Mohammad Pournik is Poverty Practice Team Leader at UNDP’s Regional Center in Cairo.
03 Jan 2013
High unemployment and inequality fuelled Arab Spring uprisings that began in 2010, but the Arab world needs broad governance reform to achieve sustainable, equitable growth. Ousting dictators alone isn’t enough. People want bread, but they also want social justice and freedom.
Experts at the UNDP Regional Center in Cairo reached that conclusion after lengthy study, culminating in the Arab Development Challenges Report that has now been launched in capitals around the world.
Having spent nearly three decades in the field, I believe this is indeed the case—governance and rule of law are essential to the sustainable, inclusive development the Arab world so acutely needs.
In Egypt, the problem wasn’t simply political exclusion--it was political and economic exclusion. Reform will succeed only when it addresses both.
Unemployment remains a critical challenge, but reliably measuring joblessness is difficult in countries without unemployment insurance and a system of registering for it.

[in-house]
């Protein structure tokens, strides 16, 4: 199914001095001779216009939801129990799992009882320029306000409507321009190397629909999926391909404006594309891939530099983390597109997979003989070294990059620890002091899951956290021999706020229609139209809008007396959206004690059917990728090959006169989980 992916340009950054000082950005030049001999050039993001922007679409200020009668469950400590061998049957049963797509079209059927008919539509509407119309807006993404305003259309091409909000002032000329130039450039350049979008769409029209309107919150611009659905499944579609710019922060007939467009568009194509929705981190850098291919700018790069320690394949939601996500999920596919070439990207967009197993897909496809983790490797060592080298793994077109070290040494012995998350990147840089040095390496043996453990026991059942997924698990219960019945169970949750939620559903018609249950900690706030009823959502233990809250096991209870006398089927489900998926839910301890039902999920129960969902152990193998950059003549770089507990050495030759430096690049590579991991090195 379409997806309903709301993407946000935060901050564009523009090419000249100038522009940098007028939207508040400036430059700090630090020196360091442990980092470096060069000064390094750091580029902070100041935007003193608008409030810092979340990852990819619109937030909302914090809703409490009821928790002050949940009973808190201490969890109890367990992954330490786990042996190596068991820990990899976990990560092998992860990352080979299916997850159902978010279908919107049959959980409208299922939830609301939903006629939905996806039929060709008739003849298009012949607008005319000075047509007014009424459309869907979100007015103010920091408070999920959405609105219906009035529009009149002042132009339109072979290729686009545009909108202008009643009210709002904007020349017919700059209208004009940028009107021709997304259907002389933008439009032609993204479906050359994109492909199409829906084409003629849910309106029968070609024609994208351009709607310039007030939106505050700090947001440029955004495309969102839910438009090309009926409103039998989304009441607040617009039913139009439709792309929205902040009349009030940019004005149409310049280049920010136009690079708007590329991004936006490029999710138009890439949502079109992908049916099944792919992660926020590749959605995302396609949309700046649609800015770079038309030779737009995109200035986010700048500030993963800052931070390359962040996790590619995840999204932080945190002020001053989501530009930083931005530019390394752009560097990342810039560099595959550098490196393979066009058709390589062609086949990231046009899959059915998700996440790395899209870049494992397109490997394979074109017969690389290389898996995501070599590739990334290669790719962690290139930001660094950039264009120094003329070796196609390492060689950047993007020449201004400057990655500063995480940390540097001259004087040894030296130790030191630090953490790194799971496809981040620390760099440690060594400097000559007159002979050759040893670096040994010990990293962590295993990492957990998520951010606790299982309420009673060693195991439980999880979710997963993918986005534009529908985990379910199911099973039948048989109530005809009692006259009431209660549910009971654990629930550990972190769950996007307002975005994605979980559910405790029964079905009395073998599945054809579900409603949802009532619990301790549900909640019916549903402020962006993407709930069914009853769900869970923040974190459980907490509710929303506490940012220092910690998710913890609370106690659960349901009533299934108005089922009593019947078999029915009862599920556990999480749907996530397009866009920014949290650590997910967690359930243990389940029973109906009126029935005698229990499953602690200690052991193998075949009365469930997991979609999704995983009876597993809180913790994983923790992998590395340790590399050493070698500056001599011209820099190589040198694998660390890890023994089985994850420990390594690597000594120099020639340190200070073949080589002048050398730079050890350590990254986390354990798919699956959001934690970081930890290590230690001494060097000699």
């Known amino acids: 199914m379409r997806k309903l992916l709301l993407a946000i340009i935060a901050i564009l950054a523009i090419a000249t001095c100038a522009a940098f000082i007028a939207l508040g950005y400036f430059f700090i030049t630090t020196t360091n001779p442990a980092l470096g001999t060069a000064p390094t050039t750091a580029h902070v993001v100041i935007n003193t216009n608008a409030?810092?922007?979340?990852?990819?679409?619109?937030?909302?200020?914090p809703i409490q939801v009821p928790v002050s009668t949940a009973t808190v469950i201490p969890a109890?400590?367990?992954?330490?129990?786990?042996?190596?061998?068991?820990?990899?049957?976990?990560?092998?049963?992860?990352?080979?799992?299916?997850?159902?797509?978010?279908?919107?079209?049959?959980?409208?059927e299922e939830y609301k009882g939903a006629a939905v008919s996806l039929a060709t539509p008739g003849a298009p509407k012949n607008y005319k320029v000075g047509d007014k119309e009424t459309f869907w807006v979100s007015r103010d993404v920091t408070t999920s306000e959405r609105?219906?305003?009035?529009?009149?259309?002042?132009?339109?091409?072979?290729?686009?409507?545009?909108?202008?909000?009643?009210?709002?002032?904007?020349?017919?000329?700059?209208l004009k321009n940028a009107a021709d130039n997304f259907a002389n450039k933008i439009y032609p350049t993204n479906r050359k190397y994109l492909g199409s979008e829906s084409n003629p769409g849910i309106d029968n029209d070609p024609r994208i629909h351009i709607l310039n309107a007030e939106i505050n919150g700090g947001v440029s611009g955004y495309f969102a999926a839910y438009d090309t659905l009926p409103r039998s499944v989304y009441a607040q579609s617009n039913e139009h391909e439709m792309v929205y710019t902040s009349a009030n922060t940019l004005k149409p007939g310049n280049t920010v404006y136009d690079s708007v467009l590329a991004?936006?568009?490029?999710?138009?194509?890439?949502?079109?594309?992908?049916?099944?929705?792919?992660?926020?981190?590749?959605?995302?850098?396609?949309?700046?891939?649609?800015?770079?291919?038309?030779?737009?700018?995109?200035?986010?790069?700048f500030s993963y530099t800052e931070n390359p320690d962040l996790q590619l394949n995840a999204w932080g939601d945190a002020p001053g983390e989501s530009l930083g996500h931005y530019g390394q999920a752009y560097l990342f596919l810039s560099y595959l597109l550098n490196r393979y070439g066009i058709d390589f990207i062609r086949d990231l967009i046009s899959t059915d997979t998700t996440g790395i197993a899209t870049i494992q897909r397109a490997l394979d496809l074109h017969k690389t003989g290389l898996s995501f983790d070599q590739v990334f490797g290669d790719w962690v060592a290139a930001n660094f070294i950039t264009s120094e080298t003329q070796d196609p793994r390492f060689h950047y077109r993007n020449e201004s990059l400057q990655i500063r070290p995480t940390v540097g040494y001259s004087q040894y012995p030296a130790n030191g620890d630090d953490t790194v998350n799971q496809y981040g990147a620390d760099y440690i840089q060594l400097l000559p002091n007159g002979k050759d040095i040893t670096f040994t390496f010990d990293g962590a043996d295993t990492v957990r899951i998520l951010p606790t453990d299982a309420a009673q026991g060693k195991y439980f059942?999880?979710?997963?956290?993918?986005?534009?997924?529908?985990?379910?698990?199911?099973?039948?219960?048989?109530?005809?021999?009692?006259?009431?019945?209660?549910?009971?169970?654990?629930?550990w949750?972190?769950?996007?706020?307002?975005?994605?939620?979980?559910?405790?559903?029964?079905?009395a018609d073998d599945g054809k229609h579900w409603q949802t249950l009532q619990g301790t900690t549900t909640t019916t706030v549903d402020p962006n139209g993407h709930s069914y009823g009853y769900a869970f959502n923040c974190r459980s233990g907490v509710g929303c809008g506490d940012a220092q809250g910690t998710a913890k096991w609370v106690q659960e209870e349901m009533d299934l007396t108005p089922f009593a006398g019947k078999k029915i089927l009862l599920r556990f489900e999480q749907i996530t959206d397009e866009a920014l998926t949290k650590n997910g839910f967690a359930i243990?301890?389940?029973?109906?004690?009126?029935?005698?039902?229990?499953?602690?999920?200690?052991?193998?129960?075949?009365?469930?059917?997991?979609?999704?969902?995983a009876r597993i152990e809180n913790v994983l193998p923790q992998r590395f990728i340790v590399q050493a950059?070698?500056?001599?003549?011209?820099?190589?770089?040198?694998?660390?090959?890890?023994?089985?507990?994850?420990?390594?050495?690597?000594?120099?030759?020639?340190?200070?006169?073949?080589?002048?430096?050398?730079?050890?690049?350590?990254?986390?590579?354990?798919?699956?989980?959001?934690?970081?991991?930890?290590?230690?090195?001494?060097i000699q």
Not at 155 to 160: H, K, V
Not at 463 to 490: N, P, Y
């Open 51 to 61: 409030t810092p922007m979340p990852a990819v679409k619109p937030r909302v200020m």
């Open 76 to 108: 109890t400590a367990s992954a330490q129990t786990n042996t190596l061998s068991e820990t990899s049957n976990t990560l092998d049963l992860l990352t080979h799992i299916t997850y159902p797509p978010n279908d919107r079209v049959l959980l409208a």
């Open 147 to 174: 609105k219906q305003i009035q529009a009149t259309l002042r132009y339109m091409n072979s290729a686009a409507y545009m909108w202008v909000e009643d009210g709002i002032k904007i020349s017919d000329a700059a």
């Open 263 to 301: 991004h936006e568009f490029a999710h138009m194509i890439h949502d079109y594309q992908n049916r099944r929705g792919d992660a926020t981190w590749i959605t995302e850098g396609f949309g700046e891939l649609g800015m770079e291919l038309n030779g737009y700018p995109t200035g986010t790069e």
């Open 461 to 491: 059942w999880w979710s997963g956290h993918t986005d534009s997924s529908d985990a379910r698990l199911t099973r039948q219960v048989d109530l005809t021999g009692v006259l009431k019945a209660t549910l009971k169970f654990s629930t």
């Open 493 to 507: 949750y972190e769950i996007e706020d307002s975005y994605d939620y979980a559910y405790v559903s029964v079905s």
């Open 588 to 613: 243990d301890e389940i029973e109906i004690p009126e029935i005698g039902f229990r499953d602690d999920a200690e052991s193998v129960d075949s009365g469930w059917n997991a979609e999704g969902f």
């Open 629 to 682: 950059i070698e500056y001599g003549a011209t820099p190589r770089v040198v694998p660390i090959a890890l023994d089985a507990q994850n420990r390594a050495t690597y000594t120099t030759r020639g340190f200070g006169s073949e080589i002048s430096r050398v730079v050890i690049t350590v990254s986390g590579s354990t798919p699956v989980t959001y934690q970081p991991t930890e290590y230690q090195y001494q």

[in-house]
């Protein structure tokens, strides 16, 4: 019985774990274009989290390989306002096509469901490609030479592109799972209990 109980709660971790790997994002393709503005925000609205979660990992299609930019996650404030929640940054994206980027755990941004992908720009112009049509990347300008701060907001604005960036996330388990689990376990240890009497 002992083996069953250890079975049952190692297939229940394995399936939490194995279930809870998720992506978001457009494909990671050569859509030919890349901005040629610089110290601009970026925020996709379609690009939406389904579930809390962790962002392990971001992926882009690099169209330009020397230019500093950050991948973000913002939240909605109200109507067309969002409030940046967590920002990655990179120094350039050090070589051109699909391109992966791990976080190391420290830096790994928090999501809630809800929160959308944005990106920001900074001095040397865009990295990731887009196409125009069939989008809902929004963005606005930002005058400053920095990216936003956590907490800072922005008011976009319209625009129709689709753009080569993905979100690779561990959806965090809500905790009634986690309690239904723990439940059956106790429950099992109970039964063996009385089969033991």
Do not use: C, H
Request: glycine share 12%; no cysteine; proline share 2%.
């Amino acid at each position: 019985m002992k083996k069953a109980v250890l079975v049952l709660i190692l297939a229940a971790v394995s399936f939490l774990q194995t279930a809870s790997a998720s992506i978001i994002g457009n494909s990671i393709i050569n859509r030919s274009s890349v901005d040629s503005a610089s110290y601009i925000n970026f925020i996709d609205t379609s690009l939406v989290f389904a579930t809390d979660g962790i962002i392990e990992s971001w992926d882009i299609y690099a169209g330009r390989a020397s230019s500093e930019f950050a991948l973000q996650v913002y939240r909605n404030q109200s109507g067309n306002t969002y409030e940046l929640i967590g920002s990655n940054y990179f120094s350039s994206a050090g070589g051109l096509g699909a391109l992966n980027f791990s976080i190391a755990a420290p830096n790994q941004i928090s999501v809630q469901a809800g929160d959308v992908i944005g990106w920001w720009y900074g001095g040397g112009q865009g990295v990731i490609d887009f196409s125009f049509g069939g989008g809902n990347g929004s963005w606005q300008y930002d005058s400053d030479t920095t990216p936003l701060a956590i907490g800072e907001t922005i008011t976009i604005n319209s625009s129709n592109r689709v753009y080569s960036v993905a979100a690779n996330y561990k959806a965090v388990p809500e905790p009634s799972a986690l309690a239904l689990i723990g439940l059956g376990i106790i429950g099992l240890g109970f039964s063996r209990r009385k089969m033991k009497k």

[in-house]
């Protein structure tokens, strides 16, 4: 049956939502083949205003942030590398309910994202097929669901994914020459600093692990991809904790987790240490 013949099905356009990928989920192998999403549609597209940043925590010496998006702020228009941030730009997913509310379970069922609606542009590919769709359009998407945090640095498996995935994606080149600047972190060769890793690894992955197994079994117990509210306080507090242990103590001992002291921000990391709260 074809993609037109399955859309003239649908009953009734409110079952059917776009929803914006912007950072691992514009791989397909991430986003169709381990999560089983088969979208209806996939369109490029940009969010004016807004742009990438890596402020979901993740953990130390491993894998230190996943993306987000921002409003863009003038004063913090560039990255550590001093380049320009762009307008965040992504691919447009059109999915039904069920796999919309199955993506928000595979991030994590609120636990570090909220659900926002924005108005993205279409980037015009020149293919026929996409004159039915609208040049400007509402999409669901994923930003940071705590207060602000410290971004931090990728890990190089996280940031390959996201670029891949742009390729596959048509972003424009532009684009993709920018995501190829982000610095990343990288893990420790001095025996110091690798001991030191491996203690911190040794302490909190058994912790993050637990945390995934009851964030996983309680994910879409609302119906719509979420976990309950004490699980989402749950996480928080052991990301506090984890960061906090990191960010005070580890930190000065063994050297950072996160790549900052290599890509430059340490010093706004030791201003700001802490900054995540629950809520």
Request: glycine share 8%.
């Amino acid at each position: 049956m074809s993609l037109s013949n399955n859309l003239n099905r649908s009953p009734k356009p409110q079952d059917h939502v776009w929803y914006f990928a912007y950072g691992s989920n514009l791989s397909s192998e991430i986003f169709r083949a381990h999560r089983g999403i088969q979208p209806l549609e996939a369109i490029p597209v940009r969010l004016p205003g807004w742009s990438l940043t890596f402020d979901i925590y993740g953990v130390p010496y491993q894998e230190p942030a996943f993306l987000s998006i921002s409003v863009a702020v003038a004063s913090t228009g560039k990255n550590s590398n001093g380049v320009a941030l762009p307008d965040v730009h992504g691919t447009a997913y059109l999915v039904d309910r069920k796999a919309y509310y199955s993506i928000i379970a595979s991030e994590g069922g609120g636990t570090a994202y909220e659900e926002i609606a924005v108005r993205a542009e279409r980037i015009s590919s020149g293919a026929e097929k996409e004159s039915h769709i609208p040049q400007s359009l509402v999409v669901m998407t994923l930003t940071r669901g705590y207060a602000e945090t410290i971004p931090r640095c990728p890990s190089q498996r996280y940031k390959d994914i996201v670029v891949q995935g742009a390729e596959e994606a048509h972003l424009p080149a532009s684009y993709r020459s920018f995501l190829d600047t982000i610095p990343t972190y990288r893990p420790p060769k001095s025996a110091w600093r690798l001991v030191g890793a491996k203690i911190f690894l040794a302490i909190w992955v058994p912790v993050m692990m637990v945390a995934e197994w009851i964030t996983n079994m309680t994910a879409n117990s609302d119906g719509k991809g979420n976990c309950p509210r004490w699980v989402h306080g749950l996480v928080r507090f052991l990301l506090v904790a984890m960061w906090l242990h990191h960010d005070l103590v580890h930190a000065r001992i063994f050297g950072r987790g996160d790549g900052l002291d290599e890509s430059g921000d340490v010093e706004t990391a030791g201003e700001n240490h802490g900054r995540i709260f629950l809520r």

Enormous challenges such as food security, water scarcity, and management of natural resource also remain. Arab states must invest better in managing water resources and improving irrigation and agricultural productivity and devise incentives for investment in renewable energy.
Governance failures helped create this situation: Here we see institutions that perpetuate themselves, corrosive constituencies for social justice and no meaningful labor unions or employers’ associations. But this model has run its course and can no longer buy social peace. Citizens are asserting a central role, and the state and the market must respond.
We need a new development vision and a new social contract, an inclusive political system and capable, accountable state and competitive, transparent markets.
After 30 years with UNDP, I retire soon with much hope for real transformation in the Arab region. After many years in which I found myself dealing with politicians and bureaucrats who paid lip service to development but were interested only in safeguarding their privileges, I will never forget attending a meeting of Tunisian officials in March 2011, where one after another spoke of the need for a genuine reappraisal of policies and listened attentively to youth demands for change.